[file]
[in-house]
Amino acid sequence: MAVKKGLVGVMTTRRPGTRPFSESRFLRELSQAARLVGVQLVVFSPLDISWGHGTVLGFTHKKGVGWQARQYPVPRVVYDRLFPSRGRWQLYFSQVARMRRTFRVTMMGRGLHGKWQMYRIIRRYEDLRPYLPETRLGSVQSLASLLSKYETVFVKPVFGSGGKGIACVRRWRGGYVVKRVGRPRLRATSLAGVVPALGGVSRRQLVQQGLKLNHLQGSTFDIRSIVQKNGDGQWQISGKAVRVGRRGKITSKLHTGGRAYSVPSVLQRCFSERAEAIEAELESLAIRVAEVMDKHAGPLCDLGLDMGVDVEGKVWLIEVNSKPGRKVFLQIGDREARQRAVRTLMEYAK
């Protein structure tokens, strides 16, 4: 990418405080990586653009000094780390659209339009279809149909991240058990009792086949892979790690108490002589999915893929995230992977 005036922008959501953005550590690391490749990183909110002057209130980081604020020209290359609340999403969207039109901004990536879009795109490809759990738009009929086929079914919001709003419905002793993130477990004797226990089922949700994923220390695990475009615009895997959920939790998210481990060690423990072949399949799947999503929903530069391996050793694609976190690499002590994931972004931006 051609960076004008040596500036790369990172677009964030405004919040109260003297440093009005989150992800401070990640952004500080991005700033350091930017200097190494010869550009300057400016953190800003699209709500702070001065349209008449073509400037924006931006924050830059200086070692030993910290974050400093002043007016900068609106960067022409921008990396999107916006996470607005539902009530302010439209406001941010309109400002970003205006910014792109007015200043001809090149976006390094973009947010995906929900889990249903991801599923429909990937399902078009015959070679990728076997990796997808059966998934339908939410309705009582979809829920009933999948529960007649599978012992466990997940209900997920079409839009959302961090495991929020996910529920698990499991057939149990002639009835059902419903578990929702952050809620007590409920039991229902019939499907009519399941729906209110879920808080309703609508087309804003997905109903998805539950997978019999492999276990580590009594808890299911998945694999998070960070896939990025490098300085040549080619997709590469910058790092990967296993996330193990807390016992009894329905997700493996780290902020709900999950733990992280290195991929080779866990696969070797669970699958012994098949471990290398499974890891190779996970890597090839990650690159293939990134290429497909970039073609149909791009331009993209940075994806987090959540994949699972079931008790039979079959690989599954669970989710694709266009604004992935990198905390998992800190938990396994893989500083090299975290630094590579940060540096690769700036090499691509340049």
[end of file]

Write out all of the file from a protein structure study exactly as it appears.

[in-house]
Amino acid sequence: MAVKKGLVGVMTTRRPGTRPFSESRFLRELSQAARLVGVQLVVFSPLDISWGHGTVLGFTHKKGVGWQARQYPVPRVVYDRLFPSRGRWQLYFSQVARMRRTFRVTMMGRGLHGKWQMYRIIRRYEDLRPYLPETRLGSVQSLASLLSKYETVFVKPVFGSGGKGIACVRRWRGGYVVKRVGRPRLRATSLAGVVPALGGVSRRQLVQQGLKLNHLQGSTFDIRSIVQKNGDGQWQISGKAVRVGRRGKITSKLHTGGRAYSVPSVLQRCFSERAEAIEAELESLAIRVAEVMDKHAGPLCDLGLDMGVDVEGKVWLIEVNSKPGRKVFLQIGDREARQRAVRTLMEYAK
């Protein structure tokens, strides 16, 4: 990418405080990586653009000094780390659209339009279809149909991240058990009792086949892979790690108490002589999915893929995230992977 005036922008959501953005550590690391490749990183909110002057209130980081604020020209290359609340999403969207039109901004990536879009795109490809759990738009009929086929079914919001709003419905002793993130477990004797226990089922949700994923220390695990475009615009895997959920939790998210481990060690423990072949399949799947999503929903530069391996050793694609976190690499002590994931972004931006 051609960076004008040596500036790369990172677009964030405004919040109260003297440093009005989150992800401070990640952004500080991005700033350091930017200097190494010869550009300057400016953190800003699209709500702070001065349209008449073509400037924006931006924050830059200086070692030993910290974050400093002043007016900068609106960067022409921008990396999107916006996470607005539902009530302010439209406001941010309109400002970003205006910014792109007015200043001809090149976006390094973009947010995906929900889990249903991801599923429909990937399902078009015959070679990728076997990796997808059966998934339908939410309705009582979809829920009933999948529960007649599978012992466990997940209900997920079409839009959302961090495991929020996910529920698990499991057939149990002639009835059902419903578990929702952050809620007590409920039991229902019939499907009519399941729906209110879920808080309703609508087309804003997905109903998805539950997978019999492999276990580590009594808890299911998945694999998070960070896939990025490098300085040549080619997709590469910058790092990967296993996330193990807390016992009894329905997700493996780290902020709900999950733990992280290195991929080779866990696969070797669970699958012994098949471990290398499974890891190779996970890597090839990650690159293939990134290429497909970039073609149909791009331009993209940075994806987090959540994949699972079931008790039979079959690989599954669970989710694709266009604004992935990198905390998992800190938990396994893989500083090299975290630094590579940060540096690769700036090499691509340049």